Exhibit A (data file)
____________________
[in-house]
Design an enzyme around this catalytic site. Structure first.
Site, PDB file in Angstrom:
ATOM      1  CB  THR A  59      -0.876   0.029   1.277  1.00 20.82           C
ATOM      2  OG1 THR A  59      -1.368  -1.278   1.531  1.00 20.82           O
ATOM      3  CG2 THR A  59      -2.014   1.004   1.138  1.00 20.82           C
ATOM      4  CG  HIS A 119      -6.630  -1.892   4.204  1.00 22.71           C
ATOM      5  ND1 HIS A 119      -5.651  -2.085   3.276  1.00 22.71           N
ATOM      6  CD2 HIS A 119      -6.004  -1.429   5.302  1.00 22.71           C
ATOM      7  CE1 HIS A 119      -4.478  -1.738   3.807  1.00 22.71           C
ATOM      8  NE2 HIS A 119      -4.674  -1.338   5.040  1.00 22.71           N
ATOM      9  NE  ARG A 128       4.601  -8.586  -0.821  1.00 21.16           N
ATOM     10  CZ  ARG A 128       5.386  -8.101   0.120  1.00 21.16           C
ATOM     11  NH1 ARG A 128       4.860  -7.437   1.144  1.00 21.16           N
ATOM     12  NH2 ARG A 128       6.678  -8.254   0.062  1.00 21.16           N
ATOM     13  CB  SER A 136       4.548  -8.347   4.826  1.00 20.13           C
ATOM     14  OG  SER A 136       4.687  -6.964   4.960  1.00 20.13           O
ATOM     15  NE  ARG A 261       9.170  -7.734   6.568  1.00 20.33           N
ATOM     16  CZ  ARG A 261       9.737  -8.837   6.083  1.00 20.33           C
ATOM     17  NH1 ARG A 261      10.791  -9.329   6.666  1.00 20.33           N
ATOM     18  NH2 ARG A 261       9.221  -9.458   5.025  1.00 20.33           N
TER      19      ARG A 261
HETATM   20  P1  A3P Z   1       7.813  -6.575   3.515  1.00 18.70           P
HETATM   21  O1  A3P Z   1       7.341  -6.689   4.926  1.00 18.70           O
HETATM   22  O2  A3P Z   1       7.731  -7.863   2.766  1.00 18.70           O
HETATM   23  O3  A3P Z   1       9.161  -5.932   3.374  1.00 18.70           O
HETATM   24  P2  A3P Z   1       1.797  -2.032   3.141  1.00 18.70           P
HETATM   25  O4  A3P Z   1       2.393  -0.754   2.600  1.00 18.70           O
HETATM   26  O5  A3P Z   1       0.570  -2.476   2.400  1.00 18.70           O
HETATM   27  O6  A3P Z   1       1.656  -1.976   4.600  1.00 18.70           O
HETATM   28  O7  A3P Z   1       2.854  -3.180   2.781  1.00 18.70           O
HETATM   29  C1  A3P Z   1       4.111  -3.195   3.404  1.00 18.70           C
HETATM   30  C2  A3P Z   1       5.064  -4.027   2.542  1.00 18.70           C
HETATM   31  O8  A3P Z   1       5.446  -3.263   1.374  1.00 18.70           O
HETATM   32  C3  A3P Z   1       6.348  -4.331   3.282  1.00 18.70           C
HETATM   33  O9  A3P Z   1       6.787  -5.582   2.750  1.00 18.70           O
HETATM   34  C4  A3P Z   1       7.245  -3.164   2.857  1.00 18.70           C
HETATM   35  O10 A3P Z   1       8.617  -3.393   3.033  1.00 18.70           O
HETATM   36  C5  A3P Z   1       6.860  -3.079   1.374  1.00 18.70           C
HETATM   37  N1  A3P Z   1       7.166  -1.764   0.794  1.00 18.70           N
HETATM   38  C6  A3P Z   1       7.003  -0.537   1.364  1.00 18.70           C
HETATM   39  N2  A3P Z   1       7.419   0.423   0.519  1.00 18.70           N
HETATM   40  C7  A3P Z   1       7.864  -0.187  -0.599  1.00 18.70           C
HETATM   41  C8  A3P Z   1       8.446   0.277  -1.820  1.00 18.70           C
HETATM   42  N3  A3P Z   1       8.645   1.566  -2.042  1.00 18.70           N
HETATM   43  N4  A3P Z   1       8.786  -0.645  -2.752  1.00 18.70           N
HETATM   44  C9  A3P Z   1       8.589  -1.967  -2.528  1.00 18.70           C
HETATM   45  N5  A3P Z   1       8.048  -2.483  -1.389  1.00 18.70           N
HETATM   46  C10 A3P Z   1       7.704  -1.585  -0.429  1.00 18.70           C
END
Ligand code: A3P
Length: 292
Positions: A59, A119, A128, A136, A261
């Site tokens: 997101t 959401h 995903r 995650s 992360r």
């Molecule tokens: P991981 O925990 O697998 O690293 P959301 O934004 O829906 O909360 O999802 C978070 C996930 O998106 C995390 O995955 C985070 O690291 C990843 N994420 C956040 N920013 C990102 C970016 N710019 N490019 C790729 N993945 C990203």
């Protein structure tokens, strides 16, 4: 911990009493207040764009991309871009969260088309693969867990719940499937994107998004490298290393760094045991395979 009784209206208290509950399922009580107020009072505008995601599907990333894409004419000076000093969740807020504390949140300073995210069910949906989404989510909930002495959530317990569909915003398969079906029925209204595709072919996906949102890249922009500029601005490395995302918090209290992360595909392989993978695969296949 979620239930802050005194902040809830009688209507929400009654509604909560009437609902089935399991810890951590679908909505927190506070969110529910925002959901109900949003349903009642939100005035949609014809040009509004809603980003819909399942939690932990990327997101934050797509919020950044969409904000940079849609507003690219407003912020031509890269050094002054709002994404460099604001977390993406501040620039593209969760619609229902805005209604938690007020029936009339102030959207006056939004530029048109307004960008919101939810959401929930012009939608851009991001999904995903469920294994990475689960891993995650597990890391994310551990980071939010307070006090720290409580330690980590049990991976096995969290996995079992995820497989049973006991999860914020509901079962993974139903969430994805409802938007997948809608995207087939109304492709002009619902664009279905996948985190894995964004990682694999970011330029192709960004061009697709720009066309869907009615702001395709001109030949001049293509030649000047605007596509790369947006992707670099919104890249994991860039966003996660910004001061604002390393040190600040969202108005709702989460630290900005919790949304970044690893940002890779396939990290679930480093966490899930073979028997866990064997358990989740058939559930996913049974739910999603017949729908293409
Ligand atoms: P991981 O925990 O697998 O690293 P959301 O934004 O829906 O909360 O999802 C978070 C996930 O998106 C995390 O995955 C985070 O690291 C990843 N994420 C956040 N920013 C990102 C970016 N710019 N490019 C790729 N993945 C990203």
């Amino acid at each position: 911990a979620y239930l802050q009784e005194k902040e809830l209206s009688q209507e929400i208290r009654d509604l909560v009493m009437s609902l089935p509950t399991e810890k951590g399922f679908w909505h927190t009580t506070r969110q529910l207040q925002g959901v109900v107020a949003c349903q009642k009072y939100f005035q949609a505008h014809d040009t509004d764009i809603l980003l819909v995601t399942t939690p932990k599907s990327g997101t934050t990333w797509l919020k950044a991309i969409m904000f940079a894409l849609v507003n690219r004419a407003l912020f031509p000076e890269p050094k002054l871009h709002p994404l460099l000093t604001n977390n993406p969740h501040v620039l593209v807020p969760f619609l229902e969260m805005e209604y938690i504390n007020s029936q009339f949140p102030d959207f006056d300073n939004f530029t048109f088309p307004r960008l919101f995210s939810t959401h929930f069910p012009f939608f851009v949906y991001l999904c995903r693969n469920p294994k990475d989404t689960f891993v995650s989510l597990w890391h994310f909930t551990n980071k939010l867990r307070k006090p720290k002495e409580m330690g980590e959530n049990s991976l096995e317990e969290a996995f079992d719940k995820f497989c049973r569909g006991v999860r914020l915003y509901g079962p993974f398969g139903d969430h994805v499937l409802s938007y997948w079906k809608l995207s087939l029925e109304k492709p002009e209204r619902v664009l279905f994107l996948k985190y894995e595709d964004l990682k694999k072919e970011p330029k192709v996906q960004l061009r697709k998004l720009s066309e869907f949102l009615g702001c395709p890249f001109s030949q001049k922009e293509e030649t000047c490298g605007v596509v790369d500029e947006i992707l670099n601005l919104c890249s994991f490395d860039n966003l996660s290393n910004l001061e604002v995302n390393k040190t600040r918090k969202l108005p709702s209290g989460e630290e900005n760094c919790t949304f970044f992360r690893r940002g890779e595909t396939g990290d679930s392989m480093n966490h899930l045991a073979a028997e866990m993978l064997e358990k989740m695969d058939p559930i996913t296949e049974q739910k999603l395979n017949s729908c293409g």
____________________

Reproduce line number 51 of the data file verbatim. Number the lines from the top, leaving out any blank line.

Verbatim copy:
Ligand code: A3P